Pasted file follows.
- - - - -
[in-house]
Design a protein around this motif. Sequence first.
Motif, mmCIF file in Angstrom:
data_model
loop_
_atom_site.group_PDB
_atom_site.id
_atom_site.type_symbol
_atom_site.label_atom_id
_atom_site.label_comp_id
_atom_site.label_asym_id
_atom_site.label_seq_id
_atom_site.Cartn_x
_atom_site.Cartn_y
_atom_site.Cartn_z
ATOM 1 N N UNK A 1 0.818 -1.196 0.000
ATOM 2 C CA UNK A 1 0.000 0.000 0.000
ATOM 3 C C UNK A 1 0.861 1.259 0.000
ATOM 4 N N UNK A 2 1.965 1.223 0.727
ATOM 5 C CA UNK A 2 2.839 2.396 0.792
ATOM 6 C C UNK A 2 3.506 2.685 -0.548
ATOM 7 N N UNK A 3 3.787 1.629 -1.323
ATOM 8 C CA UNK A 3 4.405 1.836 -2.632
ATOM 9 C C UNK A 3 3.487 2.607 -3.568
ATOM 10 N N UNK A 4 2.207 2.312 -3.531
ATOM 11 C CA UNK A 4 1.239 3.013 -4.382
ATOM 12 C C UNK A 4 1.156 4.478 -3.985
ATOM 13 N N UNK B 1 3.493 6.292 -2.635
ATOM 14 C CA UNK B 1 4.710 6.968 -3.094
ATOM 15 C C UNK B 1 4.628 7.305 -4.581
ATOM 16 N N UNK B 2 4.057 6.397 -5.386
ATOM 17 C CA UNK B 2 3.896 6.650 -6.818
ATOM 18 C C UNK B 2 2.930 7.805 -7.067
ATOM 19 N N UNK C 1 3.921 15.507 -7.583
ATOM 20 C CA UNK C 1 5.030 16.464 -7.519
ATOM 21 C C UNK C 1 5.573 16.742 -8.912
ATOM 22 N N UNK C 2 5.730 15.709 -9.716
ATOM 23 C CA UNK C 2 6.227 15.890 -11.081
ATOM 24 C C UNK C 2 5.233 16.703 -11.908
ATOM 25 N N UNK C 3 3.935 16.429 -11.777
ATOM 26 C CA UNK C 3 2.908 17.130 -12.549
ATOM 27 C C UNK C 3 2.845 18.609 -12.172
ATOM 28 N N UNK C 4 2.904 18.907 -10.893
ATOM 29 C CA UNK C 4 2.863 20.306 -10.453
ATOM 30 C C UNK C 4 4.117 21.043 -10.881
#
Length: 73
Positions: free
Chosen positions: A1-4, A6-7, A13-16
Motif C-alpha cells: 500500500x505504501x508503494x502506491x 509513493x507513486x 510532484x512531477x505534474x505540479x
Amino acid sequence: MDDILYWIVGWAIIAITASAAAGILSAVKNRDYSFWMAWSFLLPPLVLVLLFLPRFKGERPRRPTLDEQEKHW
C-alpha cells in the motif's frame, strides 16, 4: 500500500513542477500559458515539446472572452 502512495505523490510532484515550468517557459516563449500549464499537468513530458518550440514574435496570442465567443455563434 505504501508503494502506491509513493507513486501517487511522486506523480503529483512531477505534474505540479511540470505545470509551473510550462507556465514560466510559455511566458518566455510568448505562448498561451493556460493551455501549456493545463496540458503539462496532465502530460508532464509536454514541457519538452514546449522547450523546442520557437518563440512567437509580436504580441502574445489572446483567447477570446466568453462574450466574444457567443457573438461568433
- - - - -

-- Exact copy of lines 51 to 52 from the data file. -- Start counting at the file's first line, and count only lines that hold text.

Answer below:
Amino acid sequence: MDDILYWIVGWAIIAITASAAAGILSAVKNRDYSFWMAWSFLLPPLVLVLLFLPRFKGERPRRPTLDEQEKHW
C-alpha cells in the motif's frame, strides 16, 4: 500500500513542477500559458515539446472572452 502512495505523490510532484515550468517557459516563449500549464499537468513530458518550440514574435496570442465567443455563434 505504501508503494502506491509513493507513486501517487511522486506523480503529483512531477505534474505540479511540470505545470509551473510550462507556465514560466510559455511566458518566455510568448505562448498561451493556460493551455501549456493545463496540458503539462496532465502530460508532464509536454514541457519538452514546449522547450523546442520557437518563440512567437509580436504580441502574445489572446483567447477570446466568453462574450466574444457567443457573438461568433